“We shoot a lot of different types of documentaries in Normandy,” said Gray. “This one was different than anything we had done before because all of the battlefield and beach locations were shot by drone.”
“There are a lot of films on D-Day, so you’re always asking yourself how to do something that’s already been done,” continued Gray. “No one has done an all-drone film of Normandy, where you’re comparing what it was like then to today from a drone perspective and then interviewing veterans from each area where you filmed with the drone camera to bring home the story. It will be a view of Normandy and D-Day that people haven’t seen before.”
To accomplish their vision of the film, Gray and company hired one of France’s top drone companies to sweep the Normandy landscapes with cameras rolling, instructing the company with the kind of material and compositions the filmmakers were looking for beforehand.
“We took the best of what they have and what they have is pretty spectacular,” said Gray. “We filmed at sunrise, we filmed at sunset, we tried to take advantage of the beauty of the area and what’s left there – such as all of the German bunkers and everything else.”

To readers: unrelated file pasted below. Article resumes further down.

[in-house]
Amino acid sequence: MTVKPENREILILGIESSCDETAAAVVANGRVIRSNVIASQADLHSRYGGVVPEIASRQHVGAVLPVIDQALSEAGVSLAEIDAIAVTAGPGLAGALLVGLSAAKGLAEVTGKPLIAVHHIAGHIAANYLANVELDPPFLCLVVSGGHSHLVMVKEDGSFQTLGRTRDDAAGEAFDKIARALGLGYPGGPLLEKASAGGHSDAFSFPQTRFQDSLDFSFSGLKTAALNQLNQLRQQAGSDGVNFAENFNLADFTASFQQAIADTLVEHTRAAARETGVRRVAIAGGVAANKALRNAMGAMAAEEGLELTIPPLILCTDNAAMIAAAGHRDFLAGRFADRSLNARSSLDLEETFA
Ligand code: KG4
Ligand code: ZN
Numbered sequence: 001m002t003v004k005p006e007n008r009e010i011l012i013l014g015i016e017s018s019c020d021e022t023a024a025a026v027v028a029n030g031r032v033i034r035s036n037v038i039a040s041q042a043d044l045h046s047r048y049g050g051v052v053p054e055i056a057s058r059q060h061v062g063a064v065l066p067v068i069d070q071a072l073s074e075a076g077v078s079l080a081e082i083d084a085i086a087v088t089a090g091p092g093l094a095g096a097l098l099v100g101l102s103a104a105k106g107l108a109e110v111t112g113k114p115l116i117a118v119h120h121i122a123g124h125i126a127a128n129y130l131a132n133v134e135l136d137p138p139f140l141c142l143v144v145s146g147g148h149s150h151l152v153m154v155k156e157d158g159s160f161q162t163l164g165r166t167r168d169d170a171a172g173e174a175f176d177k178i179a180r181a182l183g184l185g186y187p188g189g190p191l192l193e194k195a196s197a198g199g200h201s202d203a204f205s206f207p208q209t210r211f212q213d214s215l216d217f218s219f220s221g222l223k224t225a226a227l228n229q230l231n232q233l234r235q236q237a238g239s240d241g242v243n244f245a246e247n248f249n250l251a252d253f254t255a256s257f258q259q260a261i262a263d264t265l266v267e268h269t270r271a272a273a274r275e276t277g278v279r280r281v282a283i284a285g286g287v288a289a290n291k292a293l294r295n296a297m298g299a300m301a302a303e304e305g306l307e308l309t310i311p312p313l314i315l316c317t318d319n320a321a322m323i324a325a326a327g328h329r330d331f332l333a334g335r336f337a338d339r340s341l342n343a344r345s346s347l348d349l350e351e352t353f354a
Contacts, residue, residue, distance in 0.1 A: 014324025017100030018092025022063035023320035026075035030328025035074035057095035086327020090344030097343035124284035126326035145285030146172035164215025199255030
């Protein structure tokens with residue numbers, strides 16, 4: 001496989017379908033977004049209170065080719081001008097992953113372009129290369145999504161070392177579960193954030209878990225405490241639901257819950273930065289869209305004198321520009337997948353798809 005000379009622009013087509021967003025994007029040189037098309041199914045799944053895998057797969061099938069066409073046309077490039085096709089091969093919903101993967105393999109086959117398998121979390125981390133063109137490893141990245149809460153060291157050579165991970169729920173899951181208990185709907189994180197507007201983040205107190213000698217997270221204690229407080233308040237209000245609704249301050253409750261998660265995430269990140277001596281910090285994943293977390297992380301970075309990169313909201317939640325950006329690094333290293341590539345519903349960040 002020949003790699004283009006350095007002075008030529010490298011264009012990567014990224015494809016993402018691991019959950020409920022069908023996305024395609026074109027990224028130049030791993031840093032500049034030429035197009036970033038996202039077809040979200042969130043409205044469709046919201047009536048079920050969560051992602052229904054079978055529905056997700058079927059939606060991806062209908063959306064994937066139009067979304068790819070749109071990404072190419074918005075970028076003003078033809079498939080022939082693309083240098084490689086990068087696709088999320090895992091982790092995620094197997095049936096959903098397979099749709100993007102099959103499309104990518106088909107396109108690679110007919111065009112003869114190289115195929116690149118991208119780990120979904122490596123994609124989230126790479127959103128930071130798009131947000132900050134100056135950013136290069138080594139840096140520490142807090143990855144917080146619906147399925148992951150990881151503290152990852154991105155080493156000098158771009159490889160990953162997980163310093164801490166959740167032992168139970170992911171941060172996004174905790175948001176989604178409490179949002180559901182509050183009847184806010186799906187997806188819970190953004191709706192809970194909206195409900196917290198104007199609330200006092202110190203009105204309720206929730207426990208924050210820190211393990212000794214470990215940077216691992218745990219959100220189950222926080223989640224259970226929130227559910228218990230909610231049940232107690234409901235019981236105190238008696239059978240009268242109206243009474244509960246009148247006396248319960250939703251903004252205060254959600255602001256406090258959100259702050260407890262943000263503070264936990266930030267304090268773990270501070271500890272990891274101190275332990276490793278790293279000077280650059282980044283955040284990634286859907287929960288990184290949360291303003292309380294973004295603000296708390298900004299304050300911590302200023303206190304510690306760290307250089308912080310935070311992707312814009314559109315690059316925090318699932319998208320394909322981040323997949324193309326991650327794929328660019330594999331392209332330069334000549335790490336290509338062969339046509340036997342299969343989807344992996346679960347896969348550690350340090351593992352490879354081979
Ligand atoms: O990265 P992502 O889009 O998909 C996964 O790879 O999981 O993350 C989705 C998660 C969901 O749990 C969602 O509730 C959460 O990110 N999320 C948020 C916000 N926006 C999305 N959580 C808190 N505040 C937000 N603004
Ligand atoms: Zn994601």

The film will also use archival footage and interviews with veterans who fought at the exact spots captured by the drone cameras and intercut the footage to bring viewers a unique understanding of D-Day.
“It’s something different, it hasn’t really been done,” said Gray. “We’re always pushing to do things that haven’t been done before.”
While Gray concedes that pushing the medium is something he and the Foundation always try to do, the idea behind each film stays the same – shining a spotlight on the veterans and their stories.
“At the core of what we do is telling the stories and hearing the veterans tell their stories,” he said. “If we can present it in a different light than has been presented in the past, we’re all for doing that, but we don’t want to take away from the stories of those who were there because that’s the most important thing.”
In keeping in line with a different approach to the making of the film in order to communicate a fresh perspective to the audience, Gray thought the casting of Belichick to provide narration over the aerial and archival footage was different and fitting.
“Bill has two voices,” he said. “He’s got the voice where he’s dealing with the media, which I understand. Then there’s the other side of it which is him being enthusiastic about what he’s doing.”
Reception to the Belichick selection has been nothing short of ‘incredible,’ says Gray. Since the announcement of Belichick’s participation in the film, which came after the Patriots’ historic comeback victory over the Atlanta Falcons in Superbowl LI, outlets such as the NFL Network, ESPN, USA Today and other organizations across the globe have picked up on the story and written about the film.
“D-Day: Over Normany” will premiere on PBS stations around the country near Memorial Day.